The film is filled with explicit racial slurs, and strong juxtaposition between the white power and the black power movements. A trend viewers have seen in Lee’s films such as Do The Right Thing. There are chilling scenes of the hooded Klansmen repeatedly screaming “WHITE POWER,” directly followed by Patrice and other members of the Colorado College Black Students Union chanting “BLACK POWER” The side-by-side comparisons are masterfully done. The scenes are filled with tension that showcases the disruption and division caused by racism. Racism that isn’t just black and white.

Throughout the investigation, detective Zimmerman starts to question his own identity. He had never thought of himself as “different” because of his religion. Then, he found himself having to defend and deny his Jewishness to Klan members, and he is suddenly consumed by his faith. “I was just another white kid. And now I'm in some basement denying it out loud. I never thought much about it, now I'm thinking about it all the time,” Zimmerman tells Stallworth.

Courtesy: Focus Features

Courtesy: Focus Features

The film beautifully shows the characters going through these difficult epiphanies. The cops, and even Stallworth, start identifying different forms of racism that surround them daily. Each character goes on a small but meaningful personal journey to realize the very real threat of racism after being exposed to the KKK.

Still, the film falls a little short in fully fleshing out these personal arcs, but it makes up for it in the callouts to present day racism. There are few heavy-handed jokes that reorder Trump’s infamous “Make America Great Again” to poke fun at POTUS, but the parallels throughout the film that focus on police brutality and cultural racism are the meat of the story.

During Kwame Ture’s speech at Stallworth’s initial undercover assignment, he mentions that black people are getting “shot in the streets” by the police, and given no justice. This can easily be compared to stories like Trayvon Martin and Tamar Rice. Two unarmed black juveniles, shot by police for appearing to be armed in 2012 and 2014 respectively.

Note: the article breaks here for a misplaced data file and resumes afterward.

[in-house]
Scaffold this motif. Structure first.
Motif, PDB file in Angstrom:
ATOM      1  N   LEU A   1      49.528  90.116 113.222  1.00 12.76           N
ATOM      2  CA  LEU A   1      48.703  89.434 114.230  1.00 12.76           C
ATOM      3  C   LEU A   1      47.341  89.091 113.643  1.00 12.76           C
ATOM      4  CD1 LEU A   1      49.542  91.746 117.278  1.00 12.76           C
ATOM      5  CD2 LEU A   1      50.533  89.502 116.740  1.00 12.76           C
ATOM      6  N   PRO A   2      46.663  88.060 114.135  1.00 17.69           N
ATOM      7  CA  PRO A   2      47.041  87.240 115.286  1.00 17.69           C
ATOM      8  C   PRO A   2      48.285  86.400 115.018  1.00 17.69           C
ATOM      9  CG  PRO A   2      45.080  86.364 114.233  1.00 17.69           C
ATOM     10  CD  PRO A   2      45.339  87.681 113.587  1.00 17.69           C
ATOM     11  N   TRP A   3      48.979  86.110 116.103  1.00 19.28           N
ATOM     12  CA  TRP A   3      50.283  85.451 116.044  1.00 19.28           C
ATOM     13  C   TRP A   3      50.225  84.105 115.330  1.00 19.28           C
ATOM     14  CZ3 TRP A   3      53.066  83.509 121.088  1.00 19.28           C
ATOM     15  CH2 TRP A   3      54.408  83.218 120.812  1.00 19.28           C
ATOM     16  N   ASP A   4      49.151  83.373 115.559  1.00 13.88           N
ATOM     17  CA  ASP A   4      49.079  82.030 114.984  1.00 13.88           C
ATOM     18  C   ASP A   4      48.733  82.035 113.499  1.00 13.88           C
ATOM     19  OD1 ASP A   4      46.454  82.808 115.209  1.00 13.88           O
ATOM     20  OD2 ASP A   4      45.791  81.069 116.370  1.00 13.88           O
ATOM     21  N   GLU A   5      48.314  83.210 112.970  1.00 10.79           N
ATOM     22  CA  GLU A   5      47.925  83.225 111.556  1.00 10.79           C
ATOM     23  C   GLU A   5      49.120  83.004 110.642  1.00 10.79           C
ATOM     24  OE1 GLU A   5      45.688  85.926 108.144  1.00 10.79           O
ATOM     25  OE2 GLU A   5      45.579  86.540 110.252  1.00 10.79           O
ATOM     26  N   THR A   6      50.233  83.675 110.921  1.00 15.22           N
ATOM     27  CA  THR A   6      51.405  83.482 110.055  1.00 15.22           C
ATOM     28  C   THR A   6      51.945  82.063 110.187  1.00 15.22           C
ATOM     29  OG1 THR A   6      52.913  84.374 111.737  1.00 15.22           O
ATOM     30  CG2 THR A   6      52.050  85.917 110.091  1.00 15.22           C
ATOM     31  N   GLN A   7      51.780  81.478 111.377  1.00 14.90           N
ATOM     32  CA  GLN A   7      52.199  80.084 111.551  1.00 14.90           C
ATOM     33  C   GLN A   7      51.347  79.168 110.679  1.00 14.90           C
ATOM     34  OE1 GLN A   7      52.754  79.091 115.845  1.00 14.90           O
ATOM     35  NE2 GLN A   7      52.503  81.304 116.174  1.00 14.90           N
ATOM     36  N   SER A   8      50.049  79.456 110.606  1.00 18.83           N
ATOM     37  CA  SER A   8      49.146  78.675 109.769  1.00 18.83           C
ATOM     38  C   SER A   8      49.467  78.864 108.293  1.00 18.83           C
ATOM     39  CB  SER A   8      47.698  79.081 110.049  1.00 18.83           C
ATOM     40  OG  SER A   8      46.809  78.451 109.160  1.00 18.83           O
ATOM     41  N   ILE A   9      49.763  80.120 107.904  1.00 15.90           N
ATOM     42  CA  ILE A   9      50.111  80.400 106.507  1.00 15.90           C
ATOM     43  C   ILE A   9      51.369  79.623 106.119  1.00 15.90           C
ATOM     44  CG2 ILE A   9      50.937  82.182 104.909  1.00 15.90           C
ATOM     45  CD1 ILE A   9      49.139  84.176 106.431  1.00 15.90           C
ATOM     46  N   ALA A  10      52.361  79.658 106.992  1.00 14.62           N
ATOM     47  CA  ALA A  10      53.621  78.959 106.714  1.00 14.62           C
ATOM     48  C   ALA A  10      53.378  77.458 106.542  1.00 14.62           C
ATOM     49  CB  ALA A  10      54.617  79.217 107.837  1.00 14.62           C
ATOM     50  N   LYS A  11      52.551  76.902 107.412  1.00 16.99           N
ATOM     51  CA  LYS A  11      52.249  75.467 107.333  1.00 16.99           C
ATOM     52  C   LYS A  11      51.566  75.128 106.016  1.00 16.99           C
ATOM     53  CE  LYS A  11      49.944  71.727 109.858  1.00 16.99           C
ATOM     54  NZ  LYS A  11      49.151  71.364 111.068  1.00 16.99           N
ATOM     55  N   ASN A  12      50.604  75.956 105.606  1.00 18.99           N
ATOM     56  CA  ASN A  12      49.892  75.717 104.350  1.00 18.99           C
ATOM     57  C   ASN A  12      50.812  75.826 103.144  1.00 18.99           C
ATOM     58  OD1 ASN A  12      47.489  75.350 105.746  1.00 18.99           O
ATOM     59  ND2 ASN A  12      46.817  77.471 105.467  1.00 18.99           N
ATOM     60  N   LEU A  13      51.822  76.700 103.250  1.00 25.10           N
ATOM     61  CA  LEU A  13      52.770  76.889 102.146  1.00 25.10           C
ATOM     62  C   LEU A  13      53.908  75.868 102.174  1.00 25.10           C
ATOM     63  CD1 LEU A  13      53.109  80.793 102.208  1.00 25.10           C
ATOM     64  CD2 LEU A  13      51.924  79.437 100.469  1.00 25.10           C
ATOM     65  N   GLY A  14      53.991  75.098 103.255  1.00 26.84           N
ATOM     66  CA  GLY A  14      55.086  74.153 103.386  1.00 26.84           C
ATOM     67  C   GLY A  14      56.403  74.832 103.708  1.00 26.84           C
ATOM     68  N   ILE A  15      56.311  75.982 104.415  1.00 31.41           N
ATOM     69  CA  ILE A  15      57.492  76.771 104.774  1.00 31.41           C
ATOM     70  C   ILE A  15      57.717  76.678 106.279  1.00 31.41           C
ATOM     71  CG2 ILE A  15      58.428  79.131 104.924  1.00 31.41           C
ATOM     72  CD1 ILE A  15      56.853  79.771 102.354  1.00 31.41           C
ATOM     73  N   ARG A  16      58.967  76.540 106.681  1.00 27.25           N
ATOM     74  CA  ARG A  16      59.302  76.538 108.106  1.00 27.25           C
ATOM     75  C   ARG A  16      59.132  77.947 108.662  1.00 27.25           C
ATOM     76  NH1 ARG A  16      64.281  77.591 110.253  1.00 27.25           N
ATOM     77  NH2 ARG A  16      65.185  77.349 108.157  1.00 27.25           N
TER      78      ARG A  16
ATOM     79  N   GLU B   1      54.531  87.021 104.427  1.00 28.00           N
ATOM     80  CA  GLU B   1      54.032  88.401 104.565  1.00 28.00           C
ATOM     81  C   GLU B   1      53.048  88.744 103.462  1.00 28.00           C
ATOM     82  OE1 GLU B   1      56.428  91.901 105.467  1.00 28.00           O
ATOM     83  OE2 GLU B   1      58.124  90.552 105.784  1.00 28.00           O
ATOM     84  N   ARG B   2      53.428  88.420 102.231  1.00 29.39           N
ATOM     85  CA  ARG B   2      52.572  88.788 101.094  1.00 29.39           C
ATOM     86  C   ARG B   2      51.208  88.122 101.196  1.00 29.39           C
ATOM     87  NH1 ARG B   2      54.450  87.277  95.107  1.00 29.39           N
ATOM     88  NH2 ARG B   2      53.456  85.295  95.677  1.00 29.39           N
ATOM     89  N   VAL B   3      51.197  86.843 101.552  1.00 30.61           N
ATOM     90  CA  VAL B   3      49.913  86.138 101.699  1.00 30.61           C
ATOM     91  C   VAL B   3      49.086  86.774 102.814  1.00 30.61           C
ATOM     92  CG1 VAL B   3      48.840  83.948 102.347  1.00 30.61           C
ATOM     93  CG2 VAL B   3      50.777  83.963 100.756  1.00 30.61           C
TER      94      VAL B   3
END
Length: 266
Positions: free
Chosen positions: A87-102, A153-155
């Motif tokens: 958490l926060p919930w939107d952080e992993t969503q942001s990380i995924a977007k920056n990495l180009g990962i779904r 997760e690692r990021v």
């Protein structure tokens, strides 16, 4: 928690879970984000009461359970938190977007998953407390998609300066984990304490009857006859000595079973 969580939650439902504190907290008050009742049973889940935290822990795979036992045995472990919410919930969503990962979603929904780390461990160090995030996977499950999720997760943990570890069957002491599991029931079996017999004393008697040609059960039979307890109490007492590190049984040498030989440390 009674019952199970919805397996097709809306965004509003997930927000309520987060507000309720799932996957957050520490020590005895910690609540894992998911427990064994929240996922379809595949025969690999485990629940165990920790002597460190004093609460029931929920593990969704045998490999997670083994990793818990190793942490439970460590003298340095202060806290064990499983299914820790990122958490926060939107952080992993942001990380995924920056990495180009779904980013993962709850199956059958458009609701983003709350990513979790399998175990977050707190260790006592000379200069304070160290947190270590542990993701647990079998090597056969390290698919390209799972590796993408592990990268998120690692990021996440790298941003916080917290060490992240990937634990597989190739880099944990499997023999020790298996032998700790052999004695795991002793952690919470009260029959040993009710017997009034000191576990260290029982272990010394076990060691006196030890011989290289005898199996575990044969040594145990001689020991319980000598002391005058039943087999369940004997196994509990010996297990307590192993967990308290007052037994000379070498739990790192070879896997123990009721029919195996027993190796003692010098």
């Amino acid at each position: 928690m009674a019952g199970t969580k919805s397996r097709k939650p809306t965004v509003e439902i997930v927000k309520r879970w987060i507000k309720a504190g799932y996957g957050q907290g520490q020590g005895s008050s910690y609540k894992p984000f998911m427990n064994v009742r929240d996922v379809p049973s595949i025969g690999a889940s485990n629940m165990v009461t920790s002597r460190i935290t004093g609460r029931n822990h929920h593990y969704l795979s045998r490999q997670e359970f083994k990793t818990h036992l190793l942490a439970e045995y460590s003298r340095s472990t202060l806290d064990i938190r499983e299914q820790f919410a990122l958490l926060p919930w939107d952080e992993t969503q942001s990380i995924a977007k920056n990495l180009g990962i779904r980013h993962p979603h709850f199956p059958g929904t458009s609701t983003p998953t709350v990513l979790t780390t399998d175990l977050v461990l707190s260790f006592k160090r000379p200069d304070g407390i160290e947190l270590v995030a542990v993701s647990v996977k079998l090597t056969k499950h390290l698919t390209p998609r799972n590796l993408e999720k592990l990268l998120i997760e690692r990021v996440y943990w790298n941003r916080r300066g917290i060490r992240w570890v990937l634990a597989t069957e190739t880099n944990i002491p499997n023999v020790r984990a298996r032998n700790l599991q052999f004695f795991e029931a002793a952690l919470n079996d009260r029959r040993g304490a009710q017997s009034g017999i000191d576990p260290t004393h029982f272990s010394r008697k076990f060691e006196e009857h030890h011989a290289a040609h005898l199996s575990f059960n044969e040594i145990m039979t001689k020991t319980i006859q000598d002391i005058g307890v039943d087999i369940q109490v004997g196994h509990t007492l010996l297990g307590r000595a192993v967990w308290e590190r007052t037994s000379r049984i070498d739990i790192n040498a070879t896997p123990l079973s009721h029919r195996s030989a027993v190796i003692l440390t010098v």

After Ture’s speech, Patrice and her friends are pulled over by the police on their way home. The officer is very handsy with Patrice and asserts that he can do anything to her and “no one would blink an eye.” This narrative can be compared to the killing of Philando Castile, the man who was shot during a routine traffic stop in 2016. The officer was found not guilty on all counts, even as video surfaced of him abruptly shooting Philando with his four-year-old daughter in the backseat.

The film was also dedicated to Heather Heyer, the woman who died protesting for the Black Lives Matter movement in Charlottesville in 2017. Heyer was run over by a white supremacist that sped through the march in a car in an attempt to hurt protesters. The horrifying video of her death was paired with video of President Trump refusing to place the blame on white supremacy, at the end of the film.

The message of the film was clear: the racism we encounter today has strong and deep roots. It is not new and it is likely not leaving anytime soon. The only way to overcome it, is for everyone to acknowledge the major flaws within the system, and start fixing it from within. Instead of quick fixes and well wishes, it is time to completely reinvent the wheel.